Overall I found it incredible how inquisitive this guy was, and how huge! The seals always seem smaller compared to the sea lions, and they are a little bit, but they are still pretty huge! I got to sit and watch this guy cruise around the kelp and dig in the sand. I watched him chase a fish nearly catching it. It was incredible. Just wish the viz had been a little clearer, and the surge a little less so that there would be less sand and particles floating around in the water!

SS Winfield Scott

Sunday morning my buddy Neil and I drove up to Ventura for a two tank trip off Anacapa aboard the Raptor dive boat. The morning was chilly and grey with the sky spitting a few rain drops as we drove up the PCH. Luckily though, the seas were calm, and it was a smooth and quick ride over to the island. The Raptor is a great boat if you’re looking for a quick and easy Channel Islands trip. Its a smaller open boat, so everything’s going to get wet, but its fast and the service is fantastic. Between dives they offer a spread of sandwiches and fruit as well as always a hot dish, Sunday it was chili and it was delicious, especially while hanging out in the cold air after a cold dive.

The site we pulled up to was called Winfield Scott, named so because of the sidewheel steamer, SS Winfield Scott which crashed in that spot on December 1, 1853 after trying to navigate a heavy fog. It was headed from San Francisco to Panama on its usual route carrying passengers and a large cargo of approximately  $2 million in gold when it ran aground on Middle Anacapa.

Capt. Joe mentioned that this site held several interesting features, one being the remains of the wreck of the Winfield Scott, mostly the paddle wheel. Other features were a few swim throughs close to the islands and large thick kelp beds. The whole site was really shallow with anything worth seeing being no deeper than 40 feet. Neil and I joined up with Betsy, another diver in need of a buddy and we decided to head towards the island through the kelp and to the swim throughs. This was easier said than done. The kelp was thick and as we wove our way through it we quickly got off course. Finally finding a small opening in the kelp, and being at about all of 15 feet down I popped up top, signaled the boat I was okay and quickly looked around for my bearings. I noted that we were probably only 10 feet from the main swim through, but it meant navigating more kelp and we were sick of it. I realigned myself with the boat, dropped back down and we high tailed it out of there. Once back at the boat we ran into a group of students finning along mucking up the sand as they learned to control their buoyancy, so we headed in the opposite direction. I found a nudibranch I hadn’t seen yet, Hermissenda, which was exciting and we happened upon a large Sheep Crab. Other than that there was not much in that direction so we turned around and went back towards the direction of the wreck.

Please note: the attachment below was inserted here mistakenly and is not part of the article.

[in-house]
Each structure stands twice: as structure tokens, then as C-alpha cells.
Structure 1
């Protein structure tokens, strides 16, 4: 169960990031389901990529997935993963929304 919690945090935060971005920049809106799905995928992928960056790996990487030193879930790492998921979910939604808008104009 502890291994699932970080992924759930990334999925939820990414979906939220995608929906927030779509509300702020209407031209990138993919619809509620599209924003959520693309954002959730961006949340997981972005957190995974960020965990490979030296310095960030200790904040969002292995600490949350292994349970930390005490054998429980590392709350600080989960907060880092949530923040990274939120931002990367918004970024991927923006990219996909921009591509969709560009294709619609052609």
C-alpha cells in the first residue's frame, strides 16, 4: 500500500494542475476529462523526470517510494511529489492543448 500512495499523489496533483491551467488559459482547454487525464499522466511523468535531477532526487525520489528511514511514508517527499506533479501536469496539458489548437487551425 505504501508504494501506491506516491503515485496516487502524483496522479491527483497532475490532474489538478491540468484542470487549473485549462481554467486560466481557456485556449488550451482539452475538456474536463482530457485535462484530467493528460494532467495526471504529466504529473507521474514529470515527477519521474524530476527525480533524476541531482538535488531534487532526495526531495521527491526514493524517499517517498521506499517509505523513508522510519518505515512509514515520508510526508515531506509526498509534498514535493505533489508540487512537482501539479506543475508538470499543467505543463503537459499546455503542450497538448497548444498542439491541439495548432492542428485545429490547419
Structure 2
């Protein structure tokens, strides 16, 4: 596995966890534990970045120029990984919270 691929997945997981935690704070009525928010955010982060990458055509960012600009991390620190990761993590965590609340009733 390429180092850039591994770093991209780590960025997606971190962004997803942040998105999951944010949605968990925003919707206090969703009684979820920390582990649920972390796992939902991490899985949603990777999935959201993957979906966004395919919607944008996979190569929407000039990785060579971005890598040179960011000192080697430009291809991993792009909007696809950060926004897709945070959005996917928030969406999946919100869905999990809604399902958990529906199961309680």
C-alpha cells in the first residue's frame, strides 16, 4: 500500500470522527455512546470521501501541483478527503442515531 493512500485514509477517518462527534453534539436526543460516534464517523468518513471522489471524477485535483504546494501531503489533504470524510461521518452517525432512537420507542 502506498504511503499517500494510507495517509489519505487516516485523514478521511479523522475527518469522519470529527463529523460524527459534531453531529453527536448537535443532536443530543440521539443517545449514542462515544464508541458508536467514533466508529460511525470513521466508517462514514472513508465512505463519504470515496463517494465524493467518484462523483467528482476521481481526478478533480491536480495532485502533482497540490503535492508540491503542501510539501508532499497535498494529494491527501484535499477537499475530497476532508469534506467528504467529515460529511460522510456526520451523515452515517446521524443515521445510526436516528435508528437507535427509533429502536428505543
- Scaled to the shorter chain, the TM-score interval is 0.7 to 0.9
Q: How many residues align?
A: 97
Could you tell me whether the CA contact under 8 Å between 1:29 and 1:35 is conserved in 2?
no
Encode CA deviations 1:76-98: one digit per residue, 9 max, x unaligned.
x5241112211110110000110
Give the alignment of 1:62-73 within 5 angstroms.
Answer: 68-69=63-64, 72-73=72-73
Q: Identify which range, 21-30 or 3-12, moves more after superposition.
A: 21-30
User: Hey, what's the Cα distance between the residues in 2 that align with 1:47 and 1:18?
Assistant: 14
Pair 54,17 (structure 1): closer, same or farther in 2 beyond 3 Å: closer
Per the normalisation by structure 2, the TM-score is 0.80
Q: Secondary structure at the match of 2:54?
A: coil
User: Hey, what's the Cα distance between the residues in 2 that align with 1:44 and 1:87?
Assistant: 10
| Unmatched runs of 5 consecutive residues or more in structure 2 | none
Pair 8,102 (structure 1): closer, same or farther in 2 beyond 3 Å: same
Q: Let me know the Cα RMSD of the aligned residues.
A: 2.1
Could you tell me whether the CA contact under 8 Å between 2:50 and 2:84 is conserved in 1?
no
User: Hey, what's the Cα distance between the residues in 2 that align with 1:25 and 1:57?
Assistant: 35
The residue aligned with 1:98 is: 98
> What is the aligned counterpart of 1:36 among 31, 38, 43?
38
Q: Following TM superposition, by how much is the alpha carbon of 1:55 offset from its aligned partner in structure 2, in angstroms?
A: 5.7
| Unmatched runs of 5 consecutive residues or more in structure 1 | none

Nearing the end of the dive we saw a long pipe nestled on the bottom and searched around hoping to be near the wreck. I started thinking, maybe its more degraded that the captain let on until suddenly we went through a bit of kelp and Neil turned around and signaled me. Turning back he spread his arms wide as if to say, Ta Da! and there in front of us was the large side wheel structure. Around it were more bits and pieces of the remains, all fully covered with growth. Our time was short as we were nearing the end of our air, so we headed back to the boat. Luckily the captain said that the decision had been made to stay at that site for dive #2, so after a surface interval full of chili and cornbread and we were back in the water. Our plan was to keep the dive shorter, we were still chilly after our first dive of about 54 minutes, and fully explore the wreck area again. We gained a diver, Brian, after his buddy decided not to do the second dive, so the four of us headed towards the wreck. I ended up as navigator again, and I kept an eye out for the pipe that signaled us that we were in the area. Finding that we started into the kelp to find the large wheel structure. I came across a few more nudibranchs, several Spanish Shawl and another new one, Triopha maculata! Our dive ended up being a little over 40 minutes as I was engrossed in exploring the wreckage and the surround rocks hoping for more new Nudi sightings! We made it back to the boat easily, and quickly enough that I didn’t think we were there until Neil abruptly grabbed my fin and poined out that we had just swam past the anchor line!

Below is my little video around the wreck, enjoy!

Dive Logs:

Dive #1

Dive #2